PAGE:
Last modified: Saturday, January 6, 2001 6:20 PM

Vacuforming is another useful technique to add to your bag of tricks. Essentially, a sheet of plastic is heated, then stretch-formed over the master pattern by the suction power of a vacuum. The resulting plastic shell more-or-less resembles the pattern. Although it's no substitute for molding and casting techniques in situations which require you to precisely duplicate the pattern and capture surface detail, it allows you to do some things which you can't easily do using those techniques. One of those advantages is the ability to create a very thin wall of uniform thickness. It's not easy to do this via casting: You either have to make a fairly rigid two-piece mold that's well designed to avoid trapping air bubbles during casting, or you have to slush cast it in a one-piece mold and not expect the thickness to be uniform.

On thing you should realize is that vacuforming actually creates a mold-- a negative image of the object. The surface with the greatest fidelity is the inside surface, or the side which touches the pattern. However, because of the uniformity of thickness, a fairly accurate impression is created on the outside, and that's the side that's most often considered the "working" side. But it should partially explain why vacuformed parts lack the crisp detail of cast parts: You're not really seeing the "best" side. Also, because of this, you're not actually duplicating the pattern. You're creating a skin over the pattern which will always be slightly bigger than the actual pattern.

There are other differences as well-- vacuform is cheap and fast. It doesn't require a mold, and that cuts production costs. Also, styrene is pretty cheap. The most time consuming part of production is heating the styrene-- once it's hot enough, the actual vacuforming takes about a second or two. Other differences come from the material used-- styrene is light, strong, and resilient in thin sections, and can be "welded" to itself using solvents like Tenax.

The best part is that a vacuforming "machine" is remarkably low-tech, easy to build, and relatively cheap. The most expensive part is the thing which creates the vacuum-- a household vacuum cleaner. If you're smart like my wife, you own a Hoover Mach 2.1 Windtunnel-- maaaan, that baby can suck!!! And if you're smart like my wife, you quickly realized that the hose that came with the machine was waaay too short, so you went out and bought the extra long one. And if you're smart like me, you nabbed the original hose for a project just like this!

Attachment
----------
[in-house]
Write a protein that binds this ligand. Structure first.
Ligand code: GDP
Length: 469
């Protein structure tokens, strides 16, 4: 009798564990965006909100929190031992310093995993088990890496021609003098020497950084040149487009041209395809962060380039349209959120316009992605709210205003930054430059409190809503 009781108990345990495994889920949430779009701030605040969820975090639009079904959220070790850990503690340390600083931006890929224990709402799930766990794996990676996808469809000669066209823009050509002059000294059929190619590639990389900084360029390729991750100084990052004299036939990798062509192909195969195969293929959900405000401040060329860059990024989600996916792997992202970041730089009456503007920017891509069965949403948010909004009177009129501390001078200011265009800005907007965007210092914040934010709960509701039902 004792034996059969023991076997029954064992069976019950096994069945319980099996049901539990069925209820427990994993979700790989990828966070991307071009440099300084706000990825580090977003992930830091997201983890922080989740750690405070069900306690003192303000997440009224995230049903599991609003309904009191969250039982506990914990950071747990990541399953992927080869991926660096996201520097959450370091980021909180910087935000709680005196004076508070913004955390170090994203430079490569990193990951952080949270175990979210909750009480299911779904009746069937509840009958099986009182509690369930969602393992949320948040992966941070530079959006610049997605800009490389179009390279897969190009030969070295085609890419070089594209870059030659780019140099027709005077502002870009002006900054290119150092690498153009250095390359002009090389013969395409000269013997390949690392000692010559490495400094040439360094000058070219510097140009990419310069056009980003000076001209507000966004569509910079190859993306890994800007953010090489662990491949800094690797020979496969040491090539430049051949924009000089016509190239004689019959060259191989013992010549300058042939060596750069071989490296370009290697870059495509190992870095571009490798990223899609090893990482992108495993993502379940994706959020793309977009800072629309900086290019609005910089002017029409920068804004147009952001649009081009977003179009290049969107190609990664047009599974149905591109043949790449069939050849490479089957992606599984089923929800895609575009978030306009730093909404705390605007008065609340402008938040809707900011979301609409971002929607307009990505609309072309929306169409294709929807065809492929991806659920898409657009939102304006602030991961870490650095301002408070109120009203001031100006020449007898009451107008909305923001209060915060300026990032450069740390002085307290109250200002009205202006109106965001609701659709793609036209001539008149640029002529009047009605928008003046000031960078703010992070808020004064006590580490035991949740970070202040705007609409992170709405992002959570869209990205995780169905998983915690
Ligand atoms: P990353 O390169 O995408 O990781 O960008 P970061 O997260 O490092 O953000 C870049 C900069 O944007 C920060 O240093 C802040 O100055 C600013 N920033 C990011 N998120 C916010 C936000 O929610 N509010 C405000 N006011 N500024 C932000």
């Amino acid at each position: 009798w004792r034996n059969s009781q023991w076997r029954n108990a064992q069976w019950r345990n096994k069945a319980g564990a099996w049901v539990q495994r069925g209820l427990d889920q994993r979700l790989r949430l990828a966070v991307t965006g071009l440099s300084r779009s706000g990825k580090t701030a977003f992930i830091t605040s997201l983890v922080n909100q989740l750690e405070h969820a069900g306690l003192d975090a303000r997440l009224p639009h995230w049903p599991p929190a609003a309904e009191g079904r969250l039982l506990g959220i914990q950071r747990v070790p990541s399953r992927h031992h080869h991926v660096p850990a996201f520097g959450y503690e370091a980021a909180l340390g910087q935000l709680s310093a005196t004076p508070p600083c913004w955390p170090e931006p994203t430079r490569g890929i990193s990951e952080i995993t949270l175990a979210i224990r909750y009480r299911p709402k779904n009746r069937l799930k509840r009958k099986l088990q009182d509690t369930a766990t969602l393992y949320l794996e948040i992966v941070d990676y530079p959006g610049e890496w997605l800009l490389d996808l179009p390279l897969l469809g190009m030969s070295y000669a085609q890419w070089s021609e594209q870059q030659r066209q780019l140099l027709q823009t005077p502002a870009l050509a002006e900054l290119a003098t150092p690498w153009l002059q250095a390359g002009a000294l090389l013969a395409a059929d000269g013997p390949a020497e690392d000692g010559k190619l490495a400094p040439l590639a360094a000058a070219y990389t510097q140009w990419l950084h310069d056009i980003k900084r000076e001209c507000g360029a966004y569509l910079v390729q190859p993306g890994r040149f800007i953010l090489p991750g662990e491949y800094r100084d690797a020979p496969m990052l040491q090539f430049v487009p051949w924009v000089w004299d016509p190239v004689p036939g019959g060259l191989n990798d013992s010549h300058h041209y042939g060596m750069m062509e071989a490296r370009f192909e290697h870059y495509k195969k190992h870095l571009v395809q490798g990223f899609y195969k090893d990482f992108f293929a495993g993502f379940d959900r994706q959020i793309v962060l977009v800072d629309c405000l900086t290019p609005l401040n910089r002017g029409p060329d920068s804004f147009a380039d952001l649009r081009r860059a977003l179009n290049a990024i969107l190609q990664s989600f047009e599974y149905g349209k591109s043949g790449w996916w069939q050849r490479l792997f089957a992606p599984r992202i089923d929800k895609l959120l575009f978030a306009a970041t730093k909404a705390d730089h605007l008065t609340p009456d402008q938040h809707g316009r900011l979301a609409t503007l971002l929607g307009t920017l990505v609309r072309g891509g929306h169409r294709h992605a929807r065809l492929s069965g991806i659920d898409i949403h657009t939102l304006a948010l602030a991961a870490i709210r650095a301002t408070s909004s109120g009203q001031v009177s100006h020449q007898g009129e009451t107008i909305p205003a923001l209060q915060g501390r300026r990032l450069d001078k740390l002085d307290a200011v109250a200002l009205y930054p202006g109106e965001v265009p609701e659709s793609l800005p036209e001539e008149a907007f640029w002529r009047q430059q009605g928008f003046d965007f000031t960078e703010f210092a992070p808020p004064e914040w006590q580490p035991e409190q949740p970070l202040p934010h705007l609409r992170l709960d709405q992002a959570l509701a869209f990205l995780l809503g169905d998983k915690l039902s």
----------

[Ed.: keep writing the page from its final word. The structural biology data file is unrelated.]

The rest of the machine is a no-brainer. You find or make a box for the platform that your pattern rests on, connect the hose to it, seal any cracks to make it more-or-less airtight, and screw some pegboard onto the top. I used a wooden box that housed that fun game where you steer a steel ball through a maze and try to keep it from falling in the holes. Since I hadn't played it in years, and it mocked me cause I'd never beaten it, it wasn't much of a sacrifice. I used a hot glue gun to seal the seams at the edges, and around the hose orifice. In the picture, you can see that I've sealed off some of the pegboard holes with duct tape. I wanted this to be fairly adjustable so that I didn't have to use large pieces of sheet styrene every single time. By masking the holes you're not using, you create a better, more focused vacuum.